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Globally networked public spheres? The Australian media reaction to WikiLeaks

By Terry Flew and Bonnie Rui Liu


The global release of 250,000 US Embassy diplomatic cables to selected media sites worldwide through the WikiLeaks website, was arguably the major global media event of 2010. As well as the implications of the content of the cables for international politics and diplomacy, the actions of WikiLeaks and its controversial editor-in-chief, the Australian Julian Assange, bring together a range of arguments about how the media, news and journalism are being transformed in the 21st century. This paper will focus on the reactions of Australian online news media sites to the release of the diplomatic cables by WikiLeaks, including both the online sites of established news outlets such as The Australian, Sydney Morning Herald and The Age, the ABC’s The Drum site, and online-only sites such as Crikey, New Matilda and On Line Opinion. The study focuses on opinion and commentary rather than straight news reportage, and analysis is framed around three issues: WikiLeaks and international diplomacy; implications of WikiLeaks for journalism; and WikiLeaks and democracy, including debates about the organisation and the ethics of its own practice. It also whether a “WikiLeaks Effect” has wider implications for how journalism is conducted in the future, particularly the method of ‘redaction’ of large amounts of computational data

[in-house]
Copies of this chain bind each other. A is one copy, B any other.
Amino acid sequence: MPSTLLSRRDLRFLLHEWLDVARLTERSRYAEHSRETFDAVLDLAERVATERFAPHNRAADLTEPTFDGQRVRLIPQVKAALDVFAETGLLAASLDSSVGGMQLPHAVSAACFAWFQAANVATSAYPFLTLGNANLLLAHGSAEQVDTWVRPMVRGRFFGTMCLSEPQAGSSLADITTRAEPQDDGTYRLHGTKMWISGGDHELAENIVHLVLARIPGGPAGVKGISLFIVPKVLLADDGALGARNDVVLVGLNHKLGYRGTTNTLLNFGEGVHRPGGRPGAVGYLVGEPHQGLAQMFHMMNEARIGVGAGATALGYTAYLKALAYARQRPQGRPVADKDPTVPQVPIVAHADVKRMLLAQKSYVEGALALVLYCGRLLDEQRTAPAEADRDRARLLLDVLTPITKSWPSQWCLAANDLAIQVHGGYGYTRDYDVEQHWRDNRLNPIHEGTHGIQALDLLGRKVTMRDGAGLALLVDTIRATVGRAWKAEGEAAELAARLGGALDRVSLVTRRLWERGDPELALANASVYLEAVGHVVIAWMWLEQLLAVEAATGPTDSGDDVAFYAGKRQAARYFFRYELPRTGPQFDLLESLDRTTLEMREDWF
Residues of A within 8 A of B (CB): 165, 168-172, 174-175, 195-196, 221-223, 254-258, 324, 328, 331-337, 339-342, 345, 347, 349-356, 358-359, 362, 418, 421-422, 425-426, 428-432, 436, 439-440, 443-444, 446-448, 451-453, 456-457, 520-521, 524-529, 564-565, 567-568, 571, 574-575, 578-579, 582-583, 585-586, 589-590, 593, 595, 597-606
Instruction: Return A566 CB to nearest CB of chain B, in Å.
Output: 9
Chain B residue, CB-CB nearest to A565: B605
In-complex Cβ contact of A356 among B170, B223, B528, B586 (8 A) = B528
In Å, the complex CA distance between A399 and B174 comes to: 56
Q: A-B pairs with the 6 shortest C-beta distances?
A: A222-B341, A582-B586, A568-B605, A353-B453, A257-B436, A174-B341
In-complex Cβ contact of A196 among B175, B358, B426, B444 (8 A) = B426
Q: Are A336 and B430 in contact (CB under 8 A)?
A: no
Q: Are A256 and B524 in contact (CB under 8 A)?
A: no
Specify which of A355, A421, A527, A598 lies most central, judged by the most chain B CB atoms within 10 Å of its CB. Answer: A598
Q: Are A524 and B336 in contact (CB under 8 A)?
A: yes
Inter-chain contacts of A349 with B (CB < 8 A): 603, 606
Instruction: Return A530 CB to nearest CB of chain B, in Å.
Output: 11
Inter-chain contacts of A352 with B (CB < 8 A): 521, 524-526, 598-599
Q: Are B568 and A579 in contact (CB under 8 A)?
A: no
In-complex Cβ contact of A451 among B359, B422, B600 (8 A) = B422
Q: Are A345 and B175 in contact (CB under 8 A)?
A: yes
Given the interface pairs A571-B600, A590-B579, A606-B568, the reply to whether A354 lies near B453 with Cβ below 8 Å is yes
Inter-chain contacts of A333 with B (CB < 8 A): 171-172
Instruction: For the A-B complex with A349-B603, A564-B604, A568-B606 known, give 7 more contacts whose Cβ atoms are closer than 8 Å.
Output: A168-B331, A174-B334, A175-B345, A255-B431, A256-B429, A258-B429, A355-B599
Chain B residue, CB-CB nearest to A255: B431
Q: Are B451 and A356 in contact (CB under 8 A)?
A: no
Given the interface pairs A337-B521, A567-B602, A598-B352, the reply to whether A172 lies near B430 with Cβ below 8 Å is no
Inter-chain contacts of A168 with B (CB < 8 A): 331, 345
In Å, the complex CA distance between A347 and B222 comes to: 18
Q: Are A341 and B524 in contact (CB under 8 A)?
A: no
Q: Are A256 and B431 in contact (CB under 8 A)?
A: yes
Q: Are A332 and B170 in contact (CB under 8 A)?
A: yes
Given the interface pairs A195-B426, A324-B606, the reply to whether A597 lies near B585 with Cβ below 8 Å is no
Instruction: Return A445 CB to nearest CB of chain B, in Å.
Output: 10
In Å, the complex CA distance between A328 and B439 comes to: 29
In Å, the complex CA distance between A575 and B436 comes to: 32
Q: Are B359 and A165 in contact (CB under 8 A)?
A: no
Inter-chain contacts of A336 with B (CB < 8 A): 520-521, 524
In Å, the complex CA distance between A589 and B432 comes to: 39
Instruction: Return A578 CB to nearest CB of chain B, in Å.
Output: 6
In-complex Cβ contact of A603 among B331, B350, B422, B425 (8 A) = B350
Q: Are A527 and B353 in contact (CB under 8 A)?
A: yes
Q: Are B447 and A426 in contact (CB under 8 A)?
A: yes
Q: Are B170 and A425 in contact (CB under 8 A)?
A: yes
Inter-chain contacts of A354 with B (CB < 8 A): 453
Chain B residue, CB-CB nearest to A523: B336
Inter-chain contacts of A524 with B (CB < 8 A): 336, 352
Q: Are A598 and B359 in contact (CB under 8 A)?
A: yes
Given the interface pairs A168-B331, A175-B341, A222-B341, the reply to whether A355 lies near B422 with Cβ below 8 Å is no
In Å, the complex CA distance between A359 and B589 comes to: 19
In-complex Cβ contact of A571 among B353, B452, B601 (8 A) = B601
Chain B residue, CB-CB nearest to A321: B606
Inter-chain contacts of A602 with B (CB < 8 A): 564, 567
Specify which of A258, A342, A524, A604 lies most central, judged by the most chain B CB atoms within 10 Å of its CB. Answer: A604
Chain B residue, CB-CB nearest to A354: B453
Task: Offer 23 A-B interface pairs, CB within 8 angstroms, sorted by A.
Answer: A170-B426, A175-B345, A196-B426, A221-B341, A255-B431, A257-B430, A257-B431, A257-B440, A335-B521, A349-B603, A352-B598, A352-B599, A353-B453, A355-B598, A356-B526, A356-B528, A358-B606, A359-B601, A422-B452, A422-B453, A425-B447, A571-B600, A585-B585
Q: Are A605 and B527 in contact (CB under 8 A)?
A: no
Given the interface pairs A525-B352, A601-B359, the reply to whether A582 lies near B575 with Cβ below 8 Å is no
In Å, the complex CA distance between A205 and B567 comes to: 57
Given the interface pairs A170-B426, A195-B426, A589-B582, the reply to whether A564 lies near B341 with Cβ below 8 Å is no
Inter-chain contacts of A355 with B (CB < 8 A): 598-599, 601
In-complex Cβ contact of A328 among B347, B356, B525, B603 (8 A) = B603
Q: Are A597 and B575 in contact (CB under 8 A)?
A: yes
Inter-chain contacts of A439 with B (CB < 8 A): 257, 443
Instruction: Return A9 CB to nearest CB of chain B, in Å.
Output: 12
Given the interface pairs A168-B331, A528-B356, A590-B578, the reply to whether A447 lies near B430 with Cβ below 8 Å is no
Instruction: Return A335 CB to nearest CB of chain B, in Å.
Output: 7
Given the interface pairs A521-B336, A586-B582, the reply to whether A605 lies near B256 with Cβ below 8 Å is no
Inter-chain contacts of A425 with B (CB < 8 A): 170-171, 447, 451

Topics: 190301 Journalism Studies, 200102 Communication Technology and Digital Media Studies, 200104 Media Studies, Wikileaks, Assange, journalism, Internet activism, public sphere, global citizenship, media, international diplomacy, Australia
Publisher: Global Media Journal: Australian Edition (GMJ/AU)
Year: 2011
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